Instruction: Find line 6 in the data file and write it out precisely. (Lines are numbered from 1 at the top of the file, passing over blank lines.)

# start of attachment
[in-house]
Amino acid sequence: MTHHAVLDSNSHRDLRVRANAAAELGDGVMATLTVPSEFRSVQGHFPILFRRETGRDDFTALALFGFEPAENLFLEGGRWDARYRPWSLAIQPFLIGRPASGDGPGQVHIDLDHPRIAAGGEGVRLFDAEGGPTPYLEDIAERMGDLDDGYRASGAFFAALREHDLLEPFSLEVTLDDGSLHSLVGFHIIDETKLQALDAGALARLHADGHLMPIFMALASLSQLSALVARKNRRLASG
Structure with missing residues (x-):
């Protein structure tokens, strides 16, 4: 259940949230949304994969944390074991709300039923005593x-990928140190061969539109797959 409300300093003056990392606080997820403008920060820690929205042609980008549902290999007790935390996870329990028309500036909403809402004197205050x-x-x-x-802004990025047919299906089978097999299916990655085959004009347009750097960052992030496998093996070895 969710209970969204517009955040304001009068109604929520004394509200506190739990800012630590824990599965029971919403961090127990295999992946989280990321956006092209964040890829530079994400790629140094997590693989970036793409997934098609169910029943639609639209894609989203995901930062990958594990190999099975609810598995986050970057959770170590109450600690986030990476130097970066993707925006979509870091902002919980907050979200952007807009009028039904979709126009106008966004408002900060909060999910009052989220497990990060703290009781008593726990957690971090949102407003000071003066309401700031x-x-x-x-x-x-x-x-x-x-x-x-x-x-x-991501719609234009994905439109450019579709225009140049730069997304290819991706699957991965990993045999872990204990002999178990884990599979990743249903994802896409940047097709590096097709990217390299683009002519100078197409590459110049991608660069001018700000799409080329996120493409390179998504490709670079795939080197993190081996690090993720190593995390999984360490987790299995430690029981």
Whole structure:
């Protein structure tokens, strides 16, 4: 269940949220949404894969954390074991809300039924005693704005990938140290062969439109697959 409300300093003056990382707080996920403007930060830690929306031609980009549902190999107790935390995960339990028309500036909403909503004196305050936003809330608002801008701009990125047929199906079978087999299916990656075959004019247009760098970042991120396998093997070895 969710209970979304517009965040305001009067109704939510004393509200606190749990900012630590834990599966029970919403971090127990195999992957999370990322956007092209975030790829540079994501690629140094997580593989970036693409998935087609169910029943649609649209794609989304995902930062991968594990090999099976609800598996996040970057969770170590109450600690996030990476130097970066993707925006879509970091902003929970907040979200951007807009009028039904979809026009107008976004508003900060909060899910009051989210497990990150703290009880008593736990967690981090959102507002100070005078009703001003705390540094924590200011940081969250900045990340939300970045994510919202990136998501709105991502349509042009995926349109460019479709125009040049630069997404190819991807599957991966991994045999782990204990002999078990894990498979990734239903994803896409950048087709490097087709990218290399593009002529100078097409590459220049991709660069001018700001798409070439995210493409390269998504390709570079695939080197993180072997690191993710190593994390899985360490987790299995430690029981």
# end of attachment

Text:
């Protein structure tokens, strides 16, 4: 269940949220949404894969954390074991809300039924005693704005990938140290062969439109697959 409300300093003056990382707080996920403007930060830690929306031609980009549902190999107790935390995960339990028309500036909403909503004196305050936003809330608002801008701009990125047929199906079978087999299916990656075959004019247009760098970042991120396998093997070895 969710209970979304517009965040305001009067109704939510004393509200606190749990900012630590834990599966029970919403971090127990195999992957999370990322956007092209975030790829540079994501690629140094997580593989970036693409998935087609169910029943649609649209794609989304995902930062991968594990090999099976609800598996996040970057969770170590109450600690996030990476130097970066993707925006879509970091902003929970907040979200951007807009009028039904979809026009107008976004508003900060909060899910009051989210497990990150703290009880008593736990967690981090959102507002100070005078009703001003705390540094924590200011940081969250900045990340939300970045994510919202990136998501709105991502349509042009995926349109460019479709125009040049630069997404190819991807599957991966991994045999782990204990002999078990894990498979990734239903994803896409950048087709490097087709990218290399593009002529100078097409590459220049991709660069001018700001798409070439995210493409390269998504390709570079695939080197993180072997690191993710190593994390899985360490987790299995430690029981």